Who are these ladies – dames, gals, broads, girls, skirts, chicks, women – who call themselves “Hey Ladies”?

It turns out the three Edmonton performers either are mothers, have mothers or both – so it works out. The Mother’s Day edition of their semi-improvised variety-talk show plays Friday at the Roxy on Gateway. It’s not exactly a parody of a variety-talk show because they’re actually doing a variety-talk show – with guests, live music, games and interviews expected to plumb the depth of their considerable talent and experience.

Leona Brausen is a familiar figure on the local comedy theatre scene. Fun fact: There used to be a local band called Leona Brausen’s Boyfriend, which more or less turned into Captain Tractor. There’s probably a story here if anyone cares to look into it.

Davina Stewart has also has been acting and producing around Edmonton for many years, mainly with Teatro La Quindicina and in various improv comedy shows at the Varscona Theatre.

Rounding out the Ladies is Cathleen Rootsaert, a founding member of the Three Dead Trolls in a Baggie comedy troupe, which was briefly national on CBC television, who has since been busy acting, writing, directing, and mothering. Rootsaert can likewise be found in Edmonton improv shows, like the Die-Nasty live improvised soap opera that runs every Monday at the Varscona.

Friday’s show, “suitable for all sexes,” will feature the guest chef Erin Smandych – billed as “The Mother of Fermentation” – singer-songwriter Eva Foote, and the Hey Ladies’ sidekick Noel Taylor. They will also be playing a Mother’s Day version of The Match Game.

Fill in the blank: Yo Mama is so _____ she ____ the _____!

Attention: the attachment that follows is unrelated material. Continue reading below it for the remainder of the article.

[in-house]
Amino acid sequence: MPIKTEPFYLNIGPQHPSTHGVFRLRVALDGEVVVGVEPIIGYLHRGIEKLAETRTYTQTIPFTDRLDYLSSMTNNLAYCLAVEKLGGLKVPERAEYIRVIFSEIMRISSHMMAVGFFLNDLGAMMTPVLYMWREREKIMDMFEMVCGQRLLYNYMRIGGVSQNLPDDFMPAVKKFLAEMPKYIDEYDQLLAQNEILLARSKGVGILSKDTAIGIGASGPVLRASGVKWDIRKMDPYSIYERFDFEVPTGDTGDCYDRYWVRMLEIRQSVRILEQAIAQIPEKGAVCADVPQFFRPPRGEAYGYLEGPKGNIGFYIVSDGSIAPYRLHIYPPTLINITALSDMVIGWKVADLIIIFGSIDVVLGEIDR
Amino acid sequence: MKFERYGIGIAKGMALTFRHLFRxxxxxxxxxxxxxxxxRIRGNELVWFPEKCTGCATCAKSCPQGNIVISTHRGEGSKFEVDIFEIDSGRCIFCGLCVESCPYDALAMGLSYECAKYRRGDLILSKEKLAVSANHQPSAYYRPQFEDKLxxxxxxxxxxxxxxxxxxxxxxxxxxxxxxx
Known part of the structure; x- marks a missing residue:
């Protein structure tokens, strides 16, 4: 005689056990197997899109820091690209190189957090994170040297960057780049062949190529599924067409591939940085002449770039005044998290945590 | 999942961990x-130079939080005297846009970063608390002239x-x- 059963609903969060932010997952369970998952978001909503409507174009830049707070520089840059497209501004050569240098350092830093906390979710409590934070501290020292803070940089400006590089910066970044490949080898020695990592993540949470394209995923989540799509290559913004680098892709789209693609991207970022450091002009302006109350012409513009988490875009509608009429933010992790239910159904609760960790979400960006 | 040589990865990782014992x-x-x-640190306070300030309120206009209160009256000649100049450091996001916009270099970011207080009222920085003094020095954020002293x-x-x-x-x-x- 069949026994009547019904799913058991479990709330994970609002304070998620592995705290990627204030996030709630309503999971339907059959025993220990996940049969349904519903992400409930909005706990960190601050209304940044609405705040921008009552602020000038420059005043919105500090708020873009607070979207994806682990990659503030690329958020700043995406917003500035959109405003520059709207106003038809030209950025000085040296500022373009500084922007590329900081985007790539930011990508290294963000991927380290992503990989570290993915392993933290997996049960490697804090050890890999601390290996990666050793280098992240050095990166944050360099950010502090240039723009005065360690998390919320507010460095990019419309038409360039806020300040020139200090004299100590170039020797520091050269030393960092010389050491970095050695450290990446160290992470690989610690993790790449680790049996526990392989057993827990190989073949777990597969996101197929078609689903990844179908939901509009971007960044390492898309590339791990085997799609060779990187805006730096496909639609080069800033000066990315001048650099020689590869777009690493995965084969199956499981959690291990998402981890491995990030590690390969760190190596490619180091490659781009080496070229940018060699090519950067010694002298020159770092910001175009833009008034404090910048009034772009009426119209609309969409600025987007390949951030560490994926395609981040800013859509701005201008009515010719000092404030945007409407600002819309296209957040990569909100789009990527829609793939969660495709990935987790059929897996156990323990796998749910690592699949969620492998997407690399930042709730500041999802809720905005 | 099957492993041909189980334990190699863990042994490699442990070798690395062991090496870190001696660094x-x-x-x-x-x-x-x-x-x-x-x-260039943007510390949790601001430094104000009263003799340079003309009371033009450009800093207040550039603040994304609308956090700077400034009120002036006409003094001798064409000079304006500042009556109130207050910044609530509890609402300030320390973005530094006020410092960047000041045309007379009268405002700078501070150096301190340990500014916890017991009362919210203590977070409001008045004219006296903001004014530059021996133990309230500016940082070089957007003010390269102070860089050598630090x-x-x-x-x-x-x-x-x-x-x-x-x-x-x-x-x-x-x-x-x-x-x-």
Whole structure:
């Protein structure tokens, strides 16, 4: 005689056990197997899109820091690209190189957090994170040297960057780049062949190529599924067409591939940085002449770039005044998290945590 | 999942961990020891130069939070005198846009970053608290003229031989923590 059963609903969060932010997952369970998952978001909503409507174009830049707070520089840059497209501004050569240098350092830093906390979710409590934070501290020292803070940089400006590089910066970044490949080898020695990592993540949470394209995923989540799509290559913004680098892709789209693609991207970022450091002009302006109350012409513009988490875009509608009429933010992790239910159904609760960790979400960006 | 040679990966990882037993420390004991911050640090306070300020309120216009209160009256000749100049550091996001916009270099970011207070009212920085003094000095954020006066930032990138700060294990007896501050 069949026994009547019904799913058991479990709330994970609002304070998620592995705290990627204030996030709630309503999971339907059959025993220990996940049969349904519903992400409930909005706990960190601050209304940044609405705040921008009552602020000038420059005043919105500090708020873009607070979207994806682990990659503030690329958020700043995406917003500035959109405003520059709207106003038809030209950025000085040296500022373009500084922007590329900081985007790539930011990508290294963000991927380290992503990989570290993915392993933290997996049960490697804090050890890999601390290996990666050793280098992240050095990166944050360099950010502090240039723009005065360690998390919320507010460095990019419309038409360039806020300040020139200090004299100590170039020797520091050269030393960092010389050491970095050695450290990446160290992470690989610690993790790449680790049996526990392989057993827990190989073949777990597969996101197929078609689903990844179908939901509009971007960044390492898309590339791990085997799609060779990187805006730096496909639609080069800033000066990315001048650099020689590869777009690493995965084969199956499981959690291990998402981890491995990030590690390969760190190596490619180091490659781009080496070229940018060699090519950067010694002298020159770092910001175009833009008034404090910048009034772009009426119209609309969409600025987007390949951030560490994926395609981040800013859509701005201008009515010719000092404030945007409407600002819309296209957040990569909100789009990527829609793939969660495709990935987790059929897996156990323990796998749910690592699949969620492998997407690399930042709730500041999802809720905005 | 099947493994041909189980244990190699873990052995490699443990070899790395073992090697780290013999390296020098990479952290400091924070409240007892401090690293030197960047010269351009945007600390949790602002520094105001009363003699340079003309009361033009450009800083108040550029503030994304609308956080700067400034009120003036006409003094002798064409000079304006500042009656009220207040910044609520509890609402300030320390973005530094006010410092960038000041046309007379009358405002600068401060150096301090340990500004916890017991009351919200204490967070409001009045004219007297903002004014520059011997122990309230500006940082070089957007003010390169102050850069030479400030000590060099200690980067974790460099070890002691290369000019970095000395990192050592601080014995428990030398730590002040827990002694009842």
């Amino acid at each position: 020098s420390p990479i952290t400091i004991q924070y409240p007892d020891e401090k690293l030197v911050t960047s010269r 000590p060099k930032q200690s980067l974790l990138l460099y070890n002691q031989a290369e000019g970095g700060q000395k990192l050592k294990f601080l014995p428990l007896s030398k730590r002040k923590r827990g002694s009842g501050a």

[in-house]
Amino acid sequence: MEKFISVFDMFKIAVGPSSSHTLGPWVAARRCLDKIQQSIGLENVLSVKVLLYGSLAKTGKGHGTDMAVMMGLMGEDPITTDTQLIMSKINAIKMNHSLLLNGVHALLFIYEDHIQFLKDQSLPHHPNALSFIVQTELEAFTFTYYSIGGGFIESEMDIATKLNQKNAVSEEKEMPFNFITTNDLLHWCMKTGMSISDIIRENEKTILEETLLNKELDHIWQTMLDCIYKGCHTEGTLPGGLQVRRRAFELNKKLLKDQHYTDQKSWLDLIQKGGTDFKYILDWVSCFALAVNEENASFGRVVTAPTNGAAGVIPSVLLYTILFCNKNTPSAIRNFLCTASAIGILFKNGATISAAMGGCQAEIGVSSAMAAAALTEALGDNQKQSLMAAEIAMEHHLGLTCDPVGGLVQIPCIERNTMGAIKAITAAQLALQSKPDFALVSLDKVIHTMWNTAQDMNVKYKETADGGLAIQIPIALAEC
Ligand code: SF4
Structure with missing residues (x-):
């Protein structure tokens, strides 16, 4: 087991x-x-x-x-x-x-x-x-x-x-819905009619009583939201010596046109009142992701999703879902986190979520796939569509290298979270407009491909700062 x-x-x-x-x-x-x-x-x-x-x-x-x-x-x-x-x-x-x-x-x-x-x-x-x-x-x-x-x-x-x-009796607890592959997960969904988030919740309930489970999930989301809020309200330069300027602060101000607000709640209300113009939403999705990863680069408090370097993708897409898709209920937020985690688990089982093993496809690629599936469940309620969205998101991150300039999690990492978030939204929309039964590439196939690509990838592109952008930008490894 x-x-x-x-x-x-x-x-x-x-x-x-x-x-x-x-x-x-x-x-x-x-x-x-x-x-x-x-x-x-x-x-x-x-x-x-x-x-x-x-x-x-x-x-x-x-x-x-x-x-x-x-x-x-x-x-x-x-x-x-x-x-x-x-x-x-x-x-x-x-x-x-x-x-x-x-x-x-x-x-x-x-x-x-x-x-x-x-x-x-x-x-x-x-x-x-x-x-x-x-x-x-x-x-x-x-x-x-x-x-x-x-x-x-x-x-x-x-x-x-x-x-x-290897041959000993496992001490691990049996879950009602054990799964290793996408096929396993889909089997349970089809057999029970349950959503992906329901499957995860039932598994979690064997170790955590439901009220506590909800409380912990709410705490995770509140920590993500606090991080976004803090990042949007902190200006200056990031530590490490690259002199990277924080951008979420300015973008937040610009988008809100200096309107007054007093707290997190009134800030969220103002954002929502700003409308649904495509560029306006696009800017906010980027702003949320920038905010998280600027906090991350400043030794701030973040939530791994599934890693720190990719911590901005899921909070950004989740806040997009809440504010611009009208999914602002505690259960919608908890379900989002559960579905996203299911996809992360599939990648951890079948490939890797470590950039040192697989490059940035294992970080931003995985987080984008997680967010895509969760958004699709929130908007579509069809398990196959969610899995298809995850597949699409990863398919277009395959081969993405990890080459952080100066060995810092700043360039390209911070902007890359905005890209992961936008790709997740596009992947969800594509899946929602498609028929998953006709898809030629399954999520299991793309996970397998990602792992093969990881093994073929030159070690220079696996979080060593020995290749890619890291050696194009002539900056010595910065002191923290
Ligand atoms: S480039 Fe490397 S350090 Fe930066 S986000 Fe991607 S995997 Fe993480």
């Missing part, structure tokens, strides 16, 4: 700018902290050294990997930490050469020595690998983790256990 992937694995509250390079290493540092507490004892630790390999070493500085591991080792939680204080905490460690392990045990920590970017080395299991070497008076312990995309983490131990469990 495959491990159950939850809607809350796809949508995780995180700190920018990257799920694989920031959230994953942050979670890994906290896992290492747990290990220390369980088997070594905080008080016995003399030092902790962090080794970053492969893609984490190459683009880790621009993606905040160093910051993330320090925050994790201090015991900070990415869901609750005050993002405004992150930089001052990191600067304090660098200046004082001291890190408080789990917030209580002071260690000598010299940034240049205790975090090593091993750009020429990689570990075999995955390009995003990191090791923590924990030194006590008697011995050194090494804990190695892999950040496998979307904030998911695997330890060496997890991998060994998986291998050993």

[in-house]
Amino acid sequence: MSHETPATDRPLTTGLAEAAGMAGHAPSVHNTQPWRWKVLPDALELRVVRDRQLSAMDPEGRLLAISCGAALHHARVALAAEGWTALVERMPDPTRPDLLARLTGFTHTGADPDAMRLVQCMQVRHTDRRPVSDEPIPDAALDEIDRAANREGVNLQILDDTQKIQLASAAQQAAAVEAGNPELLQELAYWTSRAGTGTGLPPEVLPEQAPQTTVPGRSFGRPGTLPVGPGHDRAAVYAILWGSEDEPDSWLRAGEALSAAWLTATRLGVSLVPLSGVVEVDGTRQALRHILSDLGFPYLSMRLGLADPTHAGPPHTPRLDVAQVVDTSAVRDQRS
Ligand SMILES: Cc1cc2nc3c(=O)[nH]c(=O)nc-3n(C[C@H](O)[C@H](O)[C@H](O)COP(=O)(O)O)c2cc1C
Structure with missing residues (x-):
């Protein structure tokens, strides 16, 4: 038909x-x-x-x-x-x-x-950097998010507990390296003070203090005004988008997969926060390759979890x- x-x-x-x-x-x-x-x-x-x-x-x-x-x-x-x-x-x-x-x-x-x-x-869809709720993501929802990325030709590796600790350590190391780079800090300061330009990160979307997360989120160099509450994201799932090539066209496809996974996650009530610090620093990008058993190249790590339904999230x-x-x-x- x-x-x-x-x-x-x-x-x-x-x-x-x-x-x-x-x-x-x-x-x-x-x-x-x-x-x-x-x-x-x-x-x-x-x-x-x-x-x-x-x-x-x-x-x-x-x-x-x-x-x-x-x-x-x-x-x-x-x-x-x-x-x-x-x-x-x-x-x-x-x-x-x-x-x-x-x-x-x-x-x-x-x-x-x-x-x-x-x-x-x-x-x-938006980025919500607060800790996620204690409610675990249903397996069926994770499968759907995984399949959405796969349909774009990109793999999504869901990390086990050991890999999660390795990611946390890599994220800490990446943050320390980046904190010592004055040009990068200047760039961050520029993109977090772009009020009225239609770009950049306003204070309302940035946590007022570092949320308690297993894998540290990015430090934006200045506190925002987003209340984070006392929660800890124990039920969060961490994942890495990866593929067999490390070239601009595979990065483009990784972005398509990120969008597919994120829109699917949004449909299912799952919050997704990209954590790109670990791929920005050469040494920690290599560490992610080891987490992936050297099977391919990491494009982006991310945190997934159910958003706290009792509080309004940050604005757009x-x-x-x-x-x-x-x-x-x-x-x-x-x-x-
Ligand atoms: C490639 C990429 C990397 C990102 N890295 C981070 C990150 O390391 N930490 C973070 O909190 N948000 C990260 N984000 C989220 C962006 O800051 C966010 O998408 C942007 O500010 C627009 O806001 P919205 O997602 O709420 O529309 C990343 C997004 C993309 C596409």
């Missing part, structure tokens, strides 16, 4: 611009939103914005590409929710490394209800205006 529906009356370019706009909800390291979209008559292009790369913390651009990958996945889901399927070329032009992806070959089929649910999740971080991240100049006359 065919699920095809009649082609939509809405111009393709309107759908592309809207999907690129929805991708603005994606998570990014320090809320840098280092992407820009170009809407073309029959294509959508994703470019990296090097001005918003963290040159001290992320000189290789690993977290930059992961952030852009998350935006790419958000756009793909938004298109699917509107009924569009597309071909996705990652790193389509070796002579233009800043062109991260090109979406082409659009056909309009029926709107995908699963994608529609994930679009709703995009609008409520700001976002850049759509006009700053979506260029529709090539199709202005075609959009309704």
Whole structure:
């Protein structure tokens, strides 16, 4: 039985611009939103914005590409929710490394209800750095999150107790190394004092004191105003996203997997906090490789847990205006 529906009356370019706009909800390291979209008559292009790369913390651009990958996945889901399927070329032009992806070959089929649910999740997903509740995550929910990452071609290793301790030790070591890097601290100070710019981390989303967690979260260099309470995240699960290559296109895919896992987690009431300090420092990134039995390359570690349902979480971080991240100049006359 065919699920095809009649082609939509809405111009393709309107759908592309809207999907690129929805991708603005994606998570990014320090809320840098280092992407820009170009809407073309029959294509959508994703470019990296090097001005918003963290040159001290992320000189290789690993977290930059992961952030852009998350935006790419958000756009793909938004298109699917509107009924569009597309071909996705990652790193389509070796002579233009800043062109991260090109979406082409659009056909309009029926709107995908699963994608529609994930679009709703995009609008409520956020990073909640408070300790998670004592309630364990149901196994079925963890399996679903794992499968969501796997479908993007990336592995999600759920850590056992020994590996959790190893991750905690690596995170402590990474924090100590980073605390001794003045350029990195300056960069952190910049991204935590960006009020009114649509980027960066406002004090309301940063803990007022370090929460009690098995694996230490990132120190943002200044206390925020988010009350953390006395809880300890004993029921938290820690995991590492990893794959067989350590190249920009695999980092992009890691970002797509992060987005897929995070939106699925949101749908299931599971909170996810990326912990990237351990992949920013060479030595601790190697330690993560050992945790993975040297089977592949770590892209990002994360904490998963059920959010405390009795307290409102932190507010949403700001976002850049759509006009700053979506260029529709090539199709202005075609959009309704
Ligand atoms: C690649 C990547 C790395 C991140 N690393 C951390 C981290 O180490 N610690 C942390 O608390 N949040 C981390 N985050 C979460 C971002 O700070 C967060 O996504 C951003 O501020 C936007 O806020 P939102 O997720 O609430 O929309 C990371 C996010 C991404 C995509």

Bonnie And Clyde: The Two Person, Six-Gun Musical

Must we glorify and celebrate criminals? Yes, we must – for there is a little Bonnie and Clyde in all of us.

So storytellers continue to tease out the bank robbing couple’s motivations during the last action-packed years of their lives in the Dirty Thirties. Now here’s a tale with new twist: Bonnie And Clyde: The Two Person, Six-Gun Musical, the Northern Light Theatre production on stage at the PCL Studio in the ATB Financial Arts Barns May 4-21. This one focuses on the fact that neither Bonnie nor Clyde was particularly clever, but they loved each other passionately between car chases and shootouts, knew how to sing a lovely power ballad, and were resigned to the fact that they were ultimately doomed: “Why should we run like hell when hell is where we’re heading?”

Spoiler alert.


Sweeney Todd

A vengeful barber meets a cannibal cook and they make beautiful meat pies together in this age-old tale of Victorian horror set to music – and what was that about glorifying criminals?

The ELOPE Music Theatre troupe is taking a crack at Stephen Sondheim’s famous Sweeney Todd: The Demon Barber of Fleet Street, at the Westbury Theatre in ATB Financial Arts Barns until May 13. Whose idea was it to sell meat pies outside the theatre?

Sense and Sensibility

Playwright and actor Tom Wood, perhaps best known as Scrooge in his version of the Citadel Theatre’s annual show A Christmas Carol, has created another adaptation of Jane Austen’s first novel about women left in poverty in Victorian England after they get screwed by dad in the will. The play makes its world premiere on the Citadel Theatre’s Shoctor Stage until May 14.



Yasmina Reza’s play – the English translation at the Varscona Theatre until May 14 – revolves around three men who aren’t likely to be drinking beer and arguing about hockey. They’re getting into it over the title of the play – because one of them has just plunked down a stupid of money for painting that’s nothing but white on a field of white. Lively discussion ensues.

Of course it’s not just about the art. The painting is a McGuffin for deeper human exploration, about things that shouldn’t be said between friends – or maybe they should.


Jesus Christ Superstar

Easter has been held over due to popular demand – and with it the ambitious Andrew Lloyd Webber musical in all its power and glory at the Mayfield Dinner Theatre until June 11. Director Kate Ryan’s take on the musical passion play is a tour-de-force, buoyed heavenward by a large ensemble cast and a small band that sounds like a big orchestra.